February Sampler


Thursday, 28 February 2013

February turned out to be all pink and white. Very pleased with this one.

I am done with winter though. The days are lengthening, there are crocuses, hellebores and even a primrose blooming in my garden and there are buds on the quince tree.

March promises many good things. It begins with a day spent with blog friends and ends with Easter. In between I will become the mother of three teenagers (and by the end of summer I will be the mother of one adult).

I'm planning to join in with this photo challenge through March. I shall be using my phone and posting my pictures on Instagram so if you're an Instagrammer by all means follow me- thequincetree- and maybe join me.

Many thanks to those of you who suggested closing my comments to anonymous commenters to combat the spammers. I have done this and it has had an immediate effect -I was getting continual spam throughout the day and now it seems to have stopped.

Mood Food


Wednesday, 27 February 2013

Do you cook the same kind of food all the time? 
I don't. When my family go camping in the summer I cook myself extravagant little delicacies. I make dishes like tarragon chicken, garlicky scallops, baked goat's cheese in pastry, steak and hollandaise sauce. I indulge.

When I am feeling full of good intentions (usually after eating too much of the above) I make lots of lovely, big, modern salads. Like these.

When I want to make everyone happy I cook roast chicken, sausages and mash, pizza and chocolate fudge pudding.

When the weather is cold and miserable and I'm a bit bored I bake things like brownies, cinnamon roll cake and rainy day muffins.

And when I'm trying not to spend too much I cook simple, old-fashioned grub. If I bake then I choose recipes which don't call for things like whole bars of best quality chocolate, pistachios, maple syrup or dried cherries. I choose instead recipes like flapjacks, scones or these date slices.

Date Slices

Cook 8oz of chopped dates in 5fl oz water until soft -about 10 mins.
Rub 4oz self-raising flour and 1 teaspoon bicarb with 4oz butter until you have a breadcrumb-like mixture.
Stir in 4oz oats and 4oz sugar.
Grease and base line a tin about 7" by 11" and press half the crumb mixture into it.
Spread the dates on top and cover with the rest of the crumbs pressing down.
Bake at 180°c (160°c fan oven) for 25 mins.

Homity pie is a good, honest, frugal dish. A shortcrust pastry crust is filled with chopped cooked potato, fried onions and cheese. I added a parsnip and a leek to mine because they needed using up. This was made in a deep cake tin and baked for 40 minutes at 200°c (180°c).

Simple, wholesome and cheap is my kind of cooking at the moment. Who knows for how long though. It all depends on my mood, the weather's mood, and how many driving lessons George is going to need.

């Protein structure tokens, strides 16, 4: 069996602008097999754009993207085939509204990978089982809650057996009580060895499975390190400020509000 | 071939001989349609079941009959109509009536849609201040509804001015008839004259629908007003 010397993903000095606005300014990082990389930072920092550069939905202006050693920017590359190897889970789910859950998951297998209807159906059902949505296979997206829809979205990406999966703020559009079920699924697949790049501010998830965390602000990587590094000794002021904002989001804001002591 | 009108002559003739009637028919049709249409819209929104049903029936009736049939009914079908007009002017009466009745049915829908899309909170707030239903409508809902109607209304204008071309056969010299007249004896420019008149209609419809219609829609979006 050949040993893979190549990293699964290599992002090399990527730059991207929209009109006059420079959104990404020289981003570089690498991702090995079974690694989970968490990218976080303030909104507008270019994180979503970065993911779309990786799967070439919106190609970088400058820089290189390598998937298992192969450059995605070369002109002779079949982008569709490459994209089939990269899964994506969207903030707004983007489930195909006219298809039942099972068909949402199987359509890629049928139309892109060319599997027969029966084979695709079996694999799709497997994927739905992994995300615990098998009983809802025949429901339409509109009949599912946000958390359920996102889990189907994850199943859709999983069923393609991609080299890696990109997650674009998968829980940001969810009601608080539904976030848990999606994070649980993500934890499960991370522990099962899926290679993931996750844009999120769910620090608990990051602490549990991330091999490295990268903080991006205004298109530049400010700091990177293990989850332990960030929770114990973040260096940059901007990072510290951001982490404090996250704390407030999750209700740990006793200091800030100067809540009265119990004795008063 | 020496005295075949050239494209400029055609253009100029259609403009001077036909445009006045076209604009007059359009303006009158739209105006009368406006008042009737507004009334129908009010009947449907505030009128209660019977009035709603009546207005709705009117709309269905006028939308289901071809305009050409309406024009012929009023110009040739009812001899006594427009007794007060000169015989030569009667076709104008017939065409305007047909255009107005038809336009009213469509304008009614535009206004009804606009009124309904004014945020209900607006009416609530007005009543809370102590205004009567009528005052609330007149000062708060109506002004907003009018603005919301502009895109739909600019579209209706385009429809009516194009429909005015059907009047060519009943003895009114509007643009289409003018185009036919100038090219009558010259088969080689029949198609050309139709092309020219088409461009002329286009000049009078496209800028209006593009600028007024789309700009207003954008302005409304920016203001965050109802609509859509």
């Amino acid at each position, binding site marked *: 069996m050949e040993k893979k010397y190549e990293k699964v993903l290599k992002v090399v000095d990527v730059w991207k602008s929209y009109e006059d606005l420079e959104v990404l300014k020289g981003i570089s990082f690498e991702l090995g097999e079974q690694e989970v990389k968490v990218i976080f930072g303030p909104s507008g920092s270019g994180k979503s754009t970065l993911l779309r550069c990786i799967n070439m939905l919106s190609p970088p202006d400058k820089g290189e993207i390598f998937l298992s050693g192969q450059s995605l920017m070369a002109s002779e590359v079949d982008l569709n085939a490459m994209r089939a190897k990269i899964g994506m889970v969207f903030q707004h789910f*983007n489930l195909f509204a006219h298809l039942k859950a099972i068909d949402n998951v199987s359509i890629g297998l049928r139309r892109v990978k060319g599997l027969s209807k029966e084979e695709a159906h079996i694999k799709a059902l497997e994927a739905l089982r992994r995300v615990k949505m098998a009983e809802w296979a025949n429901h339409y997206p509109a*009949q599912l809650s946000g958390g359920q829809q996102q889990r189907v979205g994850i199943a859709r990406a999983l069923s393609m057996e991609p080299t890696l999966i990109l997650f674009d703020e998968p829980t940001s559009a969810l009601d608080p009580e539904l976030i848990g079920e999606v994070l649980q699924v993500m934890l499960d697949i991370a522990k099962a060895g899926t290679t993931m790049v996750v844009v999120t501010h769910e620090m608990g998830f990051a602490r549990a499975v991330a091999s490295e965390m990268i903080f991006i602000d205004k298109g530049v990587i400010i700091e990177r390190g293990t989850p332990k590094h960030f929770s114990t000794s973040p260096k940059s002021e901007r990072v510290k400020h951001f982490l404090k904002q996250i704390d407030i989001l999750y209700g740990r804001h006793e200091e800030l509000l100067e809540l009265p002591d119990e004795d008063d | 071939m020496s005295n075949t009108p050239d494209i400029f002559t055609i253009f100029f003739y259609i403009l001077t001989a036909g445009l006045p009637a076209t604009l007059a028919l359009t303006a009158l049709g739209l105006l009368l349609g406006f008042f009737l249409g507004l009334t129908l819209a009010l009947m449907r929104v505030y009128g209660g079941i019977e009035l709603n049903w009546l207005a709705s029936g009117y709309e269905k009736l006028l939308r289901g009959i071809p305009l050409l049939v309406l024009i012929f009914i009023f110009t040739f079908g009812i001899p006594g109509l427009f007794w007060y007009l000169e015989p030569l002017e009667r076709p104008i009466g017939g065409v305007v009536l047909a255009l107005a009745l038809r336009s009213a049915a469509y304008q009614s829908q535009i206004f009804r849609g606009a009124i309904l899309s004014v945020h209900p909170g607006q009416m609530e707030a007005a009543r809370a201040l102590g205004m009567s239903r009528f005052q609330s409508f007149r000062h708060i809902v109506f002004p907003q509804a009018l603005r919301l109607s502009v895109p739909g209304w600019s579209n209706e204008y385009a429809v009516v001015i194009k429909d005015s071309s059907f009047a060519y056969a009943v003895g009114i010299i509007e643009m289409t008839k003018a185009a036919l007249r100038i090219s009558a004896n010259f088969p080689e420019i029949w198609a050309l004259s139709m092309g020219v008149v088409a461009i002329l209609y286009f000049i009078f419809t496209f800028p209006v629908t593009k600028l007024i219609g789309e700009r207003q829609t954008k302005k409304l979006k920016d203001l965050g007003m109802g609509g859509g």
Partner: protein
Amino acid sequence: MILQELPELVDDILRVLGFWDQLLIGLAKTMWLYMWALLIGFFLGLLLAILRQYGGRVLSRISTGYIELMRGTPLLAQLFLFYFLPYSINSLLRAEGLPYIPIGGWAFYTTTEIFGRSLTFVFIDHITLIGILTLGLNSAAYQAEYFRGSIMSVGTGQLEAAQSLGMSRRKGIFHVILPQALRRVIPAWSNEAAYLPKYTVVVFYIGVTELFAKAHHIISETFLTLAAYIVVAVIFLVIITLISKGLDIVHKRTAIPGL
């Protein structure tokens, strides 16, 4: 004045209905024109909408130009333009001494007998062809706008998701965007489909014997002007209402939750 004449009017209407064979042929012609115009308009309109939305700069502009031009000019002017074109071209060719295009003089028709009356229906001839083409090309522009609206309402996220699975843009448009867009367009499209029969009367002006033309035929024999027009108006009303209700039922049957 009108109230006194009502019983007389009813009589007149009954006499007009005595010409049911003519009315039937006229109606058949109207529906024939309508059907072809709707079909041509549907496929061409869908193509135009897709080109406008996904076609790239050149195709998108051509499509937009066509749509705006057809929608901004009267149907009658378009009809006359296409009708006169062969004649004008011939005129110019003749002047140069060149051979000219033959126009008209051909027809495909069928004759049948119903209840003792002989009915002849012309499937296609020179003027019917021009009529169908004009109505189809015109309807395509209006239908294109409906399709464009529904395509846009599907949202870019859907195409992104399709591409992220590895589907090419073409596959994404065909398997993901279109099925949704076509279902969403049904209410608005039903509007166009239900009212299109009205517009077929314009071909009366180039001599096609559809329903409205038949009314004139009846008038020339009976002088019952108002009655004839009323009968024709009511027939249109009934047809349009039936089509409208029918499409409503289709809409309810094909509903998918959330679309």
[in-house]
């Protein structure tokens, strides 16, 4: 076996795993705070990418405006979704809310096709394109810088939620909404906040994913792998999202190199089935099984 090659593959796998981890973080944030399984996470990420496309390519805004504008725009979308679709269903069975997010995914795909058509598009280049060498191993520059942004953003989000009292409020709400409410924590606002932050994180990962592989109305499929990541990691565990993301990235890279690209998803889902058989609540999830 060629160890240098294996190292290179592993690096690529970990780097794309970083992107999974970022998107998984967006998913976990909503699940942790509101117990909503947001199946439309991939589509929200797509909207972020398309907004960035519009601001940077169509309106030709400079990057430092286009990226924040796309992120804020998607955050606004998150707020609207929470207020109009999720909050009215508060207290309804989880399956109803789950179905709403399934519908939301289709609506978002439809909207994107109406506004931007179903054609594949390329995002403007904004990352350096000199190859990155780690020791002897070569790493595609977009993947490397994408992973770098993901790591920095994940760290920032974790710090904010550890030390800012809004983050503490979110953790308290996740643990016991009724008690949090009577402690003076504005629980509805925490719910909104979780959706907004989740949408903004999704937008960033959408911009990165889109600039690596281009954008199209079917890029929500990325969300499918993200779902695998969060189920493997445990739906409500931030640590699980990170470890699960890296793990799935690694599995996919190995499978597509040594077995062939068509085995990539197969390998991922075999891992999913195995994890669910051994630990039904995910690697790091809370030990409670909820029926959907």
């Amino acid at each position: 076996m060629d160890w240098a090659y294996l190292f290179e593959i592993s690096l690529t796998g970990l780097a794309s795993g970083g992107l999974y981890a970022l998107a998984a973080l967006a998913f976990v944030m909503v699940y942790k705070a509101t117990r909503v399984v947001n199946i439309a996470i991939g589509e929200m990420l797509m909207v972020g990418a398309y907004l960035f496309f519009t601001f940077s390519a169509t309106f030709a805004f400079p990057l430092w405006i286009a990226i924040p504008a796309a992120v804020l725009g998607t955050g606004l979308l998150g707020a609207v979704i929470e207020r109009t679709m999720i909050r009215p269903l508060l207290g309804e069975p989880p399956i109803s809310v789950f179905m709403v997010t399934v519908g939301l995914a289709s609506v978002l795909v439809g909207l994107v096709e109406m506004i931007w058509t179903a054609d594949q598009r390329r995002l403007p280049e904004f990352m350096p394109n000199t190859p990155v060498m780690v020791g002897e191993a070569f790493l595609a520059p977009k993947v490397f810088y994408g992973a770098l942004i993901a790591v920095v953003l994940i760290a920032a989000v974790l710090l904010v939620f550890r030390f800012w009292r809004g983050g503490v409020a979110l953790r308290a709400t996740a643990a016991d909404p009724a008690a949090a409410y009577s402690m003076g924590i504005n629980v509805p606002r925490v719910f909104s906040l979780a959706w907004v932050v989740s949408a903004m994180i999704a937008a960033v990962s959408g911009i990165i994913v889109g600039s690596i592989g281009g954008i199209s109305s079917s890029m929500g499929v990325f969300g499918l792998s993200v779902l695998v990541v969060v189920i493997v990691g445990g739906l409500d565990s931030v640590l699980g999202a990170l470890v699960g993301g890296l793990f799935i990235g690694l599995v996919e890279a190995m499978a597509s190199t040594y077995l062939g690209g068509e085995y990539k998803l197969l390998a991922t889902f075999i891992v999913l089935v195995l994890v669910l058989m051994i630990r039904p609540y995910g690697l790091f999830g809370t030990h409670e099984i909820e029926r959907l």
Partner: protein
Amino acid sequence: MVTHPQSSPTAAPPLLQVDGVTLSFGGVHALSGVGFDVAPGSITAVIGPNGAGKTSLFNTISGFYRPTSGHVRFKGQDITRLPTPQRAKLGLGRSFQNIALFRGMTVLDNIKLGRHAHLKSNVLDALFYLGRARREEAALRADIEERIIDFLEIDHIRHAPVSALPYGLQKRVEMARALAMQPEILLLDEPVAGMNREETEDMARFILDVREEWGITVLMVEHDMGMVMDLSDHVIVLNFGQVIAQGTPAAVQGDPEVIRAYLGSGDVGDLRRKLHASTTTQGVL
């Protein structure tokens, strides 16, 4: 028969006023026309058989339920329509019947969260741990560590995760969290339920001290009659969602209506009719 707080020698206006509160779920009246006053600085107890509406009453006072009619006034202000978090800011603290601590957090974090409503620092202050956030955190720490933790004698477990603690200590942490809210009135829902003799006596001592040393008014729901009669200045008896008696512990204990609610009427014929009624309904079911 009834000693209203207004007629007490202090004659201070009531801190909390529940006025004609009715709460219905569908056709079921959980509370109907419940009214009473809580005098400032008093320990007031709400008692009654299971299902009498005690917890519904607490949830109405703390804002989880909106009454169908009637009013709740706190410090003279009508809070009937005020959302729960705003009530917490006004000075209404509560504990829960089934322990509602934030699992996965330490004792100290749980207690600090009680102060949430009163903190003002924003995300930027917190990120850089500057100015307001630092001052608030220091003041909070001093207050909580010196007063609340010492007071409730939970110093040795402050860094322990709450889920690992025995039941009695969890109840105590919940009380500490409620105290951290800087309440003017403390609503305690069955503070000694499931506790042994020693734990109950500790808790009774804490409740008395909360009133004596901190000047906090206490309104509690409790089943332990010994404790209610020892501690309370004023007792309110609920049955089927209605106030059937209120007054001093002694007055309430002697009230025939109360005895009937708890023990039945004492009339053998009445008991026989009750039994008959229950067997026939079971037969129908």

In other news I am being plagued by spammers at the moment. The spam box is always full but just lately a lot is getting through Blogger's screening and ending up on the blog. I delete between thirty and forty spam comments a day at the moment. I do not intend to put the word verification as I don't think it is fair to ask genuine readers to decipher those things. I won't enable comment moderation either because I'll still have to read and delete them. Instead I have decided to close comments on all posts older than a month. If anyone has a question about an old post just contact me directly -details on the black bar under my heading.

Rhubarb, Roobarb


Saturday, 23 February 2013

I've been thinking a lot about rhubarb this week as you do.

First Richard Briers died. Then Bob Godfrey died. Those of you of a certain age will no doubt remember Roobarb and Custard. Richard Briers narrated it and Bob Godfrey was one of the animators. It was one of the many superb five minute programmes which used to end the children's programming on BBC1 each weekday before the boring news came on forty odd years ago. The theme tune will stay with me forever.

Richard Briers was best known for his role as Tom Good in The Good Life. No doubt Tom and Barbara grew plenty of rhubarb in their Surbiton garden.

Now is the season for that English speciality, forced rhubarb. Two hundred years ago a gardener discovered that the rhubarb he had accidentally covered with soil had started to sprout bright pink stalks unseasonably early. This rhubarb was not only pinker but sweeter and less sharp than the later darker rhubarb.

Ninety percent of the world's forced rhubarb is grown in the rhubarb triangle, an area of Yorkshire between Wakefield, Morley and Rothwell.  It is grown in sheds and picked by candlelight. You can actually hear it growing. At the height of its popularity there was a special train called the Pink Express or the Rhubarb Special which took the crop from Yorkshire to London each night during the season.

Usually I make a crumble with rhubarb but today I thought I'd get creative and come up with something different. Inspired by Bakewell tart I thought I'd have a go at a rhubarby version.

I apologise for the mixture of imperial and metric weights. I make pastry in imperial, it makes more sense to me.